Ubisoft Star Trek: Legacy review
After a five-year wait since the last Star Trek PC game, Star Trek: Legacy is here and initially promises some great action. It spans every chronological facet of the Star Trek universe, with vessels and cast from every series. Not only that, but William Shatner, Patrick Stewart, Scott Bakula, Avery Brooks and Kate Mulgrew have all voiced parts of the game.
The game is built around a well-crafted plot, put together by Star Trek script writer DC Fontana, and has you in hot pursuit of a rogue Vulcan by the name of T’Uerell. She’s discovered that the Romulans are the long-lost brothers of the Vulcans and takes it upon herself to unite the two groups. She then comes to the rather twisted conclusion that the best way to unify the two groups would be to introduce the Borg. This doesn’t go down well with either side and you, as the leader of the human task force, are given the job of hunting her down.
So far so good; after all, a ripping yarn will keep you playing a game right to the bitter end. But sadly, things soon start to go awry.
After the initial movie that introduces a level and what you’re going to face – which can range from keeping a cluster of asteroids from hitting a planet through to a full-on fleet battle against the Borg – you’re allowed to pick the three other ships that will accompany your cruiser. In theory, there are four different classes at your disposal: fast, but lightly armed scouts; destroyers that are a little slower and pack a reasonable punch; cruisers that contain a balanced mix of weapons and armour; and the battleship class, slow-moving but packing a knockout punch of weaponry, shields and armour. But the reality is that, other than in the final two maps, there’s no reason to have anything other than battleships in your fleet. None of the missions have time constraints, so you can get your slow-moving fire bases into position without worrying about speed. And it’s firepower and who can stay alive the longest that wins battles, and nothing else. Intelligent play doesn’t exist.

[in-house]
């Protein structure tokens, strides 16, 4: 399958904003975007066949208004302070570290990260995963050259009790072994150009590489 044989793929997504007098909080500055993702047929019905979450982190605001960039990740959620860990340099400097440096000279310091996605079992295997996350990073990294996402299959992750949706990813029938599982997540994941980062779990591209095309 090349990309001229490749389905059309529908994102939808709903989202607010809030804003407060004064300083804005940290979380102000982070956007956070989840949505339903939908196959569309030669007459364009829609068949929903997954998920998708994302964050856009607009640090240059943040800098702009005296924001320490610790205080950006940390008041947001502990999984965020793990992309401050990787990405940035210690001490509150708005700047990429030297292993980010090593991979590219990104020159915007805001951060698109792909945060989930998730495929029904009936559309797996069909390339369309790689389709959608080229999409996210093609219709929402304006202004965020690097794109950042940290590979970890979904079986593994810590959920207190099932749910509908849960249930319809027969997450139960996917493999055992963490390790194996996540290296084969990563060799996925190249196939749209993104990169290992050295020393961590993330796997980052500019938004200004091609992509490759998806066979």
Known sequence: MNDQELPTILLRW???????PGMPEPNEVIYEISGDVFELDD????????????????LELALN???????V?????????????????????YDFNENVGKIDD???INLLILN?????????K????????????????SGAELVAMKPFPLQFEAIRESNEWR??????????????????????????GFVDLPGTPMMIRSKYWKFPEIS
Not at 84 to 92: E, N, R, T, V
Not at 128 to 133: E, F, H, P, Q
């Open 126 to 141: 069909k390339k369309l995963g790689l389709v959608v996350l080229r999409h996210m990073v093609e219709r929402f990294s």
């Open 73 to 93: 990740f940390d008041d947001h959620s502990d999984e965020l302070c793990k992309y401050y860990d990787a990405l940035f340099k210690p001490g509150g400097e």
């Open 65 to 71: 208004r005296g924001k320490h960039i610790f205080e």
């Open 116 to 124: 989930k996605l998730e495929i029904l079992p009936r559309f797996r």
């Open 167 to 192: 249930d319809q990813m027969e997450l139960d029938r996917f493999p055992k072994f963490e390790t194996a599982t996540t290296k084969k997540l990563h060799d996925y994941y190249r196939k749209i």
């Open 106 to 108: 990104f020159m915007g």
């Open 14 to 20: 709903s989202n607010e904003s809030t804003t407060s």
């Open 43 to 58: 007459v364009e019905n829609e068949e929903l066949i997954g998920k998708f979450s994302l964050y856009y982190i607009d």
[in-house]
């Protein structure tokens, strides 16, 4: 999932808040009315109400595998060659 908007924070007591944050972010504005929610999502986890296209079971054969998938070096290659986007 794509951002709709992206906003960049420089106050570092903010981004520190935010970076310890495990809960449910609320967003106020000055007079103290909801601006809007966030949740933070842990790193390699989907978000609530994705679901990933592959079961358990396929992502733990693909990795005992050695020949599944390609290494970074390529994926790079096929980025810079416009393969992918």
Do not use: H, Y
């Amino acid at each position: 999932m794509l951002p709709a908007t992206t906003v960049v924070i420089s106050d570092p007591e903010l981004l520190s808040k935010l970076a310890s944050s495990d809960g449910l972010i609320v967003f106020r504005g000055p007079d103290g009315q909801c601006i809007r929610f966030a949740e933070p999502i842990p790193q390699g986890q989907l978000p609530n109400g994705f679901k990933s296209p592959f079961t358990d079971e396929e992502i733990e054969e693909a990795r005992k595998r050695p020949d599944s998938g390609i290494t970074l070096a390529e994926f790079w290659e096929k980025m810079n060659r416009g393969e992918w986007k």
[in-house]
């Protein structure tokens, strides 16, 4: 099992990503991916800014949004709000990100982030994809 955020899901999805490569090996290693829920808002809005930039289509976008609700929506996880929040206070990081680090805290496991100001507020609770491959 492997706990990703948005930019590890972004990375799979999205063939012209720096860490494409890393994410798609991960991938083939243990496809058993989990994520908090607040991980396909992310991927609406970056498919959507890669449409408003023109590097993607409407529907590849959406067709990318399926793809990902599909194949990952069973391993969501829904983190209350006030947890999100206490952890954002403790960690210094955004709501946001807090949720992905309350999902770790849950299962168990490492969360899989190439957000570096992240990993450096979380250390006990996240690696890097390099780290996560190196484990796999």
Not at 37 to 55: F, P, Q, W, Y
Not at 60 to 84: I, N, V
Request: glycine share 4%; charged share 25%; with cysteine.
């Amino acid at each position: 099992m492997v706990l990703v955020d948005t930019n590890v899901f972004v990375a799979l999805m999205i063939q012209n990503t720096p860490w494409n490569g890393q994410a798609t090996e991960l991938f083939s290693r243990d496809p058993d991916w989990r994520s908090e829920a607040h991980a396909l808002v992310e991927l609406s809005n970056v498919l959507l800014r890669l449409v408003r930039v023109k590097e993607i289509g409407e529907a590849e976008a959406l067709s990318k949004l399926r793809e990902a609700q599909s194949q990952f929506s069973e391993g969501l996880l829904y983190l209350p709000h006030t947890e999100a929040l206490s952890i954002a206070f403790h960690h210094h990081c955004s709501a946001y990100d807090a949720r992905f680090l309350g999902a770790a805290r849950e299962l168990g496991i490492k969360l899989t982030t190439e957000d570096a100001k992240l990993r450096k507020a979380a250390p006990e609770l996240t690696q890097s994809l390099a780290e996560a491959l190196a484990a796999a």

Once you’ve picked your craft, you’re thrown into combat proper and it’s here the game takes a real tumble, mainly because it plays more like Homeworld than a proper RTS, as there’s actually precious little interactivity within the game. While the developers had promised a game that would let you upgrade your ships and choose your captains, the end product lets you do very little. You can direct your ships, either by manually steering or using the 2D strategic map. You can assign the current target and you can chose how you want to allocate your crafts’ energy reserves – shields, weapons and engines. Except there’s almost no need to split your power, your ships will fire on the nearest hostile ship and, if you’re manually steering and you target a vessel, the autopilot kicks in anyway. Most of the time, you’re spectating rather than playing.
The game does improve when it comes to the visuals and sounds. Most of the vessels look like their TV and film counterparts, and the authentic actors’ voices improve the atmospherics. However, you can’t help but feel that it’s a good-looking console game and not a well-designed PC RTS. Ultimately, Star Trek: Legacy is disappointing, and little more than a jazzed-up interactive story.